Why is Ukraine at war?
A shaky ceasefire is holding in eastern Ukraine, despite sporadic shelling, and the country's parliament has offered an amnesty and self-rule to the pro-Russian rebels in the east.
Ukraine's Western allies accuse Russia of sending in troops and armour to help the rebels.
Shortly before the 5 September ceasefire a new front opened up on the coast, with the rebels seizing Novoazovsk, a small town on the way to the strategic port city of Mariupol.Why did the fighting erupt in eastern Ukraine?
In April, pro-Russian activists stormed government buildings across the Donetsk and Luhansk regions. Many of them were armed, and a tense stand-off with the Kiev authorities escalated.
Russian politicians and media portrayed the Kiev leaders as Ukrainian nationalists bent on violating Russian-speakers' rights.
Russia's annexation of Crimea, a Black Sea peninsula, in March gave momentum to the rebels' drive to break away from Kiev.
The activists were enraged by the installation of a new pro-Western government in Kiev after massive street protests had toppled President Viktor Yanukovych in February.
Mr Yanukovych, friendly to Moscow, had been elected democratically. But there was widespread discontent over economic stagnation, corruption and cronyism, and his refusal to sign up to a partnership with the EU.
He used to be a powerful politician in the east, where the majority Russian-speakers mostly feel a strong bond with Russia.Is the Russian military helping the rebels?
Yes. The question is, how much of this help is orchestrated at a senior level in Russia.
The Kremlin has repeatedly denied allegations by the government in Kiev and the West that it is supplying troops and sophisticated military hardware to the rebels.
But in August the rebel leader in Donetsk, Alexander Zakharchenko, said 3-4,000 Russian citizens had been fighting alongside the rebels. He said Russian soldiers were continuing to join the rebel ranks, rather than "going to the beach".
Nato has released satellite pictures showing, it says, Russian artillery and military columns inside Ukraine. And Nato officials say at least 1,000 Russian troops are operating in Ukraine, with about 20,000 more near the border.Is Ukraine getting help from the West?
The US says it is supplying Ukraine with non-lethal military equipment, including radios, vehicles and "non-lethal individual tactical gear".
The US is also sharing some intelligence information with Ukraine, the New York Times reports. But that does not include real-time data on potential targets, the paper's sources say.
Ukraine is not in Nato, but the alliance says the 28 member states can supply arms to Ukraine individually if they want to. Ukraine's Defence Minister Valery Heletey says those deliveries have begun.
There are unconfirmed reports that US military advisers helped Ukraine in its major offensive against the rebels in July-August.
The EU has put in place a wide-ranging economic support package for Ukraine, to help Kiev manage its debts and balance-of-payments problems.Are we seeing a repetition of what happened in Crimea?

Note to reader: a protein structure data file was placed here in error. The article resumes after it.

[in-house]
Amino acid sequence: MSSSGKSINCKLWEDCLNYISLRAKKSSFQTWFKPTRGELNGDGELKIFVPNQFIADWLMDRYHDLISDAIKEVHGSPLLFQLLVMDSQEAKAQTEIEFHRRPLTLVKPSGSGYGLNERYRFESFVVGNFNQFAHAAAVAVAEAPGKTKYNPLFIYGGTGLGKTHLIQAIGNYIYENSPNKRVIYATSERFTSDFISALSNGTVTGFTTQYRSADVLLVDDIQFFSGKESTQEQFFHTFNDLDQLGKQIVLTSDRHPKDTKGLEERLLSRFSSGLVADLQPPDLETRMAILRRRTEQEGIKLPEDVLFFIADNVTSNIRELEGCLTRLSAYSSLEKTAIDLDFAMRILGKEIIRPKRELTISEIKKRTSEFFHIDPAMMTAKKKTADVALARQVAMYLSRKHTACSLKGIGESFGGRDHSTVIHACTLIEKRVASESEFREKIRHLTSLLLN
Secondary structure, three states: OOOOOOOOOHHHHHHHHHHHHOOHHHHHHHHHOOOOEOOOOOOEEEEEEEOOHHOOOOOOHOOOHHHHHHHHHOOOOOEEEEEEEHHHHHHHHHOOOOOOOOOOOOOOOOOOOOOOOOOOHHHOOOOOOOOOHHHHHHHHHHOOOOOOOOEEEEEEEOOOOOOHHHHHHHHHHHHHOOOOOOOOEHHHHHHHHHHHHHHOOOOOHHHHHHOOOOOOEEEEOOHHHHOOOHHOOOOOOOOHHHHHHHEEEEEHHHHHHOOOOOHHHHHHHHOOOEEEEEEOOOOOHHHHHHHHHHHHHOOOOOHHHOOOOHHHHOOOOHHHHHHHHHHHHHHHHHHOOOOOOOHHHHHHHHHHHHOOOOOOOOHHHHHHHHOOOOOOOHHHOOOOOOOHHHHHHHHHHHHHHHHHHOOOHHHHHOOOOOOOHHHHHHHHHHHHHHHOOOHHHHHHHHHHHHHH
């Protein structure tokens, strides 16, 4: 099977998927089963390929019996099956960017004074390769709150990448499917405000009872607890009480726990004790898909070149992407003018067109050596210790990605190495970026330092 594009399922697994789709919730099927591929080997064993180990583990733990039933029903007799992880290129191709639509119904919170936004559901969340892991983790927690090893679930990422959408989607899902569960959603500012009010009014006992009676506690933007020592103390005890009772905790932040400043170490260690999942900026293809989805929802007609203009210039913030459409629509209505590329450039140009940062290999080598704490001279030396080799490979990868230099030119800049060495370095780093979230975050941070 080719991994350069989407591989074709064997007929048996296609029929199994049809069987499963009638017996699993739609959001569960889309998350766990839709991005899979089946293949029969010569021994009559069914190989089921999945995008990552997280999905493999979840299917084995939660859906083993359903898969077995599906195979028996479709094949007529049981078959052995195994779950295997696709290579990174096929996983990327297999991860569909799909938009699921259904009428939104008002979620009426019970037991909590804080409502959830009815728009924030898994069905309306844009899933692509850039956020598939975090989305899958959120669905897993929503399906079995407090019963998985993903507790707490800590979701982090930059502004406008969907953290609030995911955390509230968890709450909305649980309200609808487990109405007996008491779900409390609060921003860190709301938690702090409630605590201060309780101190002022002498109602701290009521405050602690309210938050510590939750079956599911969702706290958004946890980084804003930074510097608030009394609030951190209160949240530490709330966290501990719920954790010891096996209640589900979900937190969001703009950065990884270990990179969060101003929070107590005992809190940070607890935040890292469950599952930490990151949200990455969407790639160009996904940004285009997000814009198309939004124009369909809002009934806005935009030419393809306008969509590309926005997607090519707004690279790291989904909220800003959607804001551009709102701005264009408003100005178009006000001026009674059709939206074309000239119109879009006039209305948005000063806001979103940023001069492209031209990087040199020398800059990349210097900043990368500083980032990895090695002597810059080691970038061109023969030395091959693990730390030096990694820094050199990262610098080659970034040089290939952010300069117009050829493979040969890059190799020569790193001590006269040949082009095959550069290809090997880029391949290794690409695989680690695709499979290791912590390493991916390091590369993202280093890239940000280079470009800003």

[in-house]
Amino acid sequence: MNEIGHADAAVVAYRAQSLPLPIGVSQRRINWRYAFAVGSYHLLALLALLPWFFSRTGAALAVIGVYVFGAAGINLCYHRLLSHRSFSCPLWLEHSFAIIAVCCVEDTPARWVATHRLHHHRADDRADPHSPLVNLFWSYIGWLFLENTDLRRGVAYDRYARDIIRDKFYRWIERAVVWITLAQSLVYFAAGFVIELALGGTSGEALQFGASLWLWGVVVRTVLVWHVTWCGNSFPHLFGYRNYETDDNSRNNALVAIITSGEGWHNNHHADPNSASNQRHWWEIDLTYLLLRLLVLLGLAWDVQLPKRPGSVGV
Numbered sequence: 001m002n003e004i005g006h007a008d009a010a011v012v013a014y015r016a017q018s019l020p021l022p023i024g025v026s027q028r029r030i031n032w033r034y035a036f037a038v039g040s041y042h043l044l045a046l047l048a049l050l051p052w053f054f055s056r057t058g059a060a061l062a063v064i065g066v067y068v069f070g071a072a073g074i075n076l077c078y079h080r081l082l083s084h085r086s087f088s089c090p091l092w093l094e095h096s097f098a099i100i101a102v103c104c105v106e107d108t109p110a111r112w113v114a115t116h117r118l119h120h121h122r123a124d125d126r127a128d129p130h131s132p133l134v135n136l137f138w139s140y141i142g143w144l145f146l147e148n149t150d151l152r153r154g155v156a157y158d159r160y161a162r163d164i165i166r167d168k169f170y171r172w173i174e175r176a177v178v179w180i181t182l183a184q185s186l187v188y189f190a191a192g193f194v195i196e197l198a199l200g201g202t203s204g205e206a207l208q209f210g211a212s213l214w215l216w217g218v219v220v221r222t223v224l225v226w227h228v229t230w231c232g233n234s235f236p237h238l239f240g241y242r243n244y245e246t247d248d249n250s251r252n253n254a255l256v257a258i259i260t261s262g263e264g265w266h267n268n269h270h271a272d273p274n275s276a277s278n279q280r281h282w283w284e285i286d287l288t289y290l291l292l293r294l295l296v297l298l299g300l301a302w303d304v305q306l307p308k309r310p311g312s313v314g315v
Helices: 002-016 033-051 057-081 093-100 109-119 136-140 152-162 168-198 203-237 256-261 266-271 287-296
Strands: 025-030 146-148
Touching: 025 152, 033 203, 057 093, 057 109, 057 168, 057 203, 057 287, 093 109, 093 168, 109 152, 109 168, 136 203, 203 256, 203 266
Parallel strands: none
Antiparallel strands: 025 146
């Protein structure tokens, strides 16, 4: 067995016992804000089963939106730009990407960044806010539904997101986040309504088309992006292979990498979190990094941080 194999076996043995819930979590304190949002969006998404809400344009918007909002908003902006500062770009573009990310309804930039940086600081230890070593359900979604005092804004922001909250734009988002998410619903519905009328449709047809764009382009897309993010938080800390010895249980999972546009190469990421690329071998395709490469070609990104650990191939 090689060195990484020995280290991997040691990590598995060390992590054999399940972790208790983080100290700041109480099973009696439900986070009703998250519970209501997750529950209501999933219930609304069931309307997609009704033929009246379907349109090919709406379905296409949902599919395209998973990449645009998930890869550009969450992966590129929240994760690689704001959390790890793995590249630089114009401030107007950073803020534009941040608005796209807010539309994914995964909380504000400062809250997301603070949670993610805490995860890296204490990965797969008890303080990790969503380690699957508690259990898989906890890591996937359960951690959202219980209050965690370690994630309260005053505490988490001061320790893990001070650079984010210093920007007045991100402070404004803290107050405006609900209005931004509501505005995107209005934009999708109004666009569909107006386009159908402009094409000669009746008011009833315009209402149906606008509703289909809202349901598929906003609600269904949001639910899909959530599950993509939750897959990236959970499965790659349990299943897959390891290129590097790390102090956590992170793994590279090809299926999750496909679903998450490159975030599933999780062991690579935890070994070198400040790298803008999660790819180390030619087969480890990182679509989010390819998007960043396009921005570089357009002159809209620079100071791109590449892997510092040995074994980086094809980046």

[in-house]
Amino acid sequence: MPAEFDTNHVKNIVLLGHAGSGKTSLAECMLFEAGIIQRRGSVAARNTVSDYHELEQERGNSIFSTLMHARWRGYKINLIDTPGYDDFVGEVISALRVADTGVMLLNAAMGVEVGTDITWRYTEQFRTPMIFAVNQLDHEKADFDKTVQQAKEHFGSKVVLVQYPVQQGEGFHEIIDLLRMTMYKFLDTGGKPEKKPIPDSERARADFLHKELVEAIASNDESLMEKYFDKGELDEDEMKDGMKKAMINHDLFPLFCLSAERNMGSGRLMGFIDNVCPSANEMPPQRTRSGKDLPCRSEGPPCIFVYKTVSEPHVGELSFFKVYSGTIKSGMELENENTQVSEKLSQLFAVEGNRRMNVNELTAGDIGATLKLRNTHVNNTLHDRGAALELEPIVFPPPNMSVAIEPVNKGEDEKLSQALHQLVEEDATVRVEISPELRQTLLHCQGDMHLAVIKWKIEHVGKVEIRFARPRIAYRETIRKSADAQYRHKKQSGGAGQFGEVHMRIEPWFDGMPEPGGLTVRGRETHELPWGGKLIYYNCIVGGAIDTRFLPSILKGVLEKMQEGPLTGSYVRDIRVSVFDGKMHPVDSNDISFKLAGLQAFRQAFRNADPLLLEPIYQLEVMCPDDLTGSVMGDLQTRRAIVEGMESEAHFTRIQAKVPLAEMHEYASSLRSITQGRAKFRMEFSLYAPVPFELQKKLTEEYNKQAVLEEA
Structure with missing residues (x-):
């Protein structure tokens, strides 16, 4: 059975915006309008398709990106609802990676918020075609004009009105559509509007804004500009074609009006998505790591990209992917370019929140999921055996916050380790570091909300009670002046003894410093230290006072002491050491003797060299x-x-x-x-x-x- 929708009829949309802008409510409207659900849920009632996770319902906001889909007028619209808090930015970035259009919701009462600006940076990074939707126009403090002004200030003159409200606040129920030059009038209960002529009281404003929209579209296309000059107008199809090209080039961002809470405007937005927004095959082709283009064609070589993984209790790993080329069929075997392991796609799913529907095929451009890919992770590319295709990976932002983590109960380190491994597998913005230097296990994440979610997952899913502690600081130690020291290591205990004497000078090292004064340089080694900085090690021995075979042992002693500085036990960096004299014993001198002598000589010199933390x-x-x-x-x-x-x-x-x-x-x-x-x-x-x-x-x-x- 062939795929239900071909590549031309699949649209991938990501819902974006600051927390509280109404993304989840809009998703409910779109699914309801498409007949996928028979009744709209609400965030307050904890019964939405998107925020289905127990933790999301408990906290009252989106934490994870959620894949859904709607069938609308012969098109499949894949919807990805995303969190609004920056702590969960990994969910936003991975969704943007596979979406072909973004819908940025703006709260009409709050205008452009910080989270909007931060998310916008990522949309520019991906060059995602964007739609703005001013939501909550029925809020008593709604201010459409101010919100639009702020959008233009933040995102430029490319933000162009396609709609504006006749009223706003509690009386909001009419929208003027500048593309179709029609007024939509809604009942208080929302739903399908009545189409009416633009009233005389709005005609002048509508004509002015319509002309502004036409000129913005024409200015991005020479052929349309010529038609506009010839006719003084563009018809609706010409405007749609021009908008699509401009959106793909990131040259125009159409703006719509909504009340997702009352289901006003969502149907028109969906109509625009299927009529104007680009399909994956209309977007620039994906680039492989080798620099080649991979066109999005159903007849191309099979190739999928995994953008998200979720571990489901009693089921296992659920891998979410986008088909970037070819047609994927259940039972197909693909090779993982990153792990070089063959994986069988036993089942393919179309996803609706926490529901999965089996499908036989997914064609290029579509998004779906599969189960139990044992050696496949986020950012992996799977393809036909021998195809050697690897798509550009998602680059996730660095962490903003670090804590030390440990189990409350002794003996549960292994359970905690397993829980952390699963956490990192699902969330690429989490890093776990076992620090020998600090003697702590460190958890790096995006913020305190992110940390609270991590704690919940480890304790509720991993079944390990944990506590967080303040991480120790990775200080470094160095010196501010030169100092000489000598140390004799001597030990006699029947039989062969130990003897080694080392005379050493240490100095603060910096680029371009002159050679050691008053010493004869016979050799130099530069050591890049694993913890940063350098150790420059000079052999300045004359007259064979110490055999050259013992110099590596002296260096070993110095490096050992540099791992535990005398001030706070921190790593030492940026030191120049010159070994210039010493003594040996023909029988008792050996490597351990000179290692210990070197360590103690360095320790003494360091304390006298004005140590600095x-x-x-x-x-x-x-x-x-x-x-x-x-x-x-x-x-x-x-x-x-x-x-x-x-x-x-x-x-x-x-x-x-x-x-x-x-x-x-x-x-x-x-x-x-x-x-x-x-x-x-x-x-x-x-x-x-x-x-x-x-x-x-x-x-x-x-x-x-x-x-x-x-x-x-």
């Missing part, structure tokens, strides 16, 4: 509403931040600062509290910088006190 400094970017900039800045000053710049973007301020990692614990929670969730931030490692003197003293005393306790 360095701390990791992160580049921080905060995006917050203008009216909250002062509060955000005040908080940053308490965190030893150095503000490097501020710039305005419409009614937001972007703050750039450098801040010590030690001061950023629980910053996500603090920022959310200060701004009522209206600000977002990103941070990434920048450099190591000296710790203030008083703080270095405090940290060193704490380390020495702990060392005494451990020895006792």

There are clear parallels, but also some important differences.
There are many reports of well-trained Russian-speaking soldiers operating in eastern Ukraine without insignia on their uniforms or vehicles.
Similar soldiers, nicknamed "little green men", seized key installations in Crimea. Only later did Russia admit that they came from Russia. Earlier Russia had claimed that all the armed men were local separatists.
The separatists in Donetsk and Luhansk declared independence after referendums on 11 May, which were not recognised by Kiev or its Western allies.
A similar controversial referendum was held in Crimea, before the region was incorporated into Russia - an act condemned internationally.
But Russia has long had a sovereign naval base in Crimea - at Sevastopol - and native Russian-speakers are by far the largest group on the peninsula. Crimea was transferred to Ukraine from Russia in 1954, in Soviet times.
In eastern Ukraine, the population is more mixed ethnically and politically - and it is a far bigger area to control than Crimea.Why does this matter for the rest of Europe?
It is widely recognised to be Europe's biggest security crisis since the Cold War period, which ended in 1989.
For years the EU has been developing closer ties with Ukraine, yet Russia has been urging Ukraine to join its customs union with some other ex-Soviet countries.
Ukraine is on a geopolitical fault line - torn between east and west, its internal tensions were not resolved after the USSR's collapse in 1991.
Nato and the EU accuse Russia of bullying Ukraine and say such tactics are unacceptable.
Most of the ex-communist countries in eastern Europe, once dominated by Moscow, demand a tough stance towards Russia's President Vladimir Putin.
The EU and US have ratcheted up sanctions against Russia, hoping to force Mr Putin to back down over Ukraine and enter serious negotiations with Kiev.War in eastern Ukraine: The human cost
- At least 3,000 people have been killed and more than 5,000 wounded since mid-April, the UN says
- 951 civilians have been killed in Donetsk region alone, the official regional authorities said on 20 August
- Official casualty counts only record certified deaths while in some particularly dangerous parts of the war zone, such as Luhansk region, victims are said to have been buried informally, for instance in gardens
- Rebels (and some military sources) accuse the government of concealing the true numbers of soldiers killed
- 155,800 people have fled elsewhere in Ukraine while at least 188,000 have gone to Russia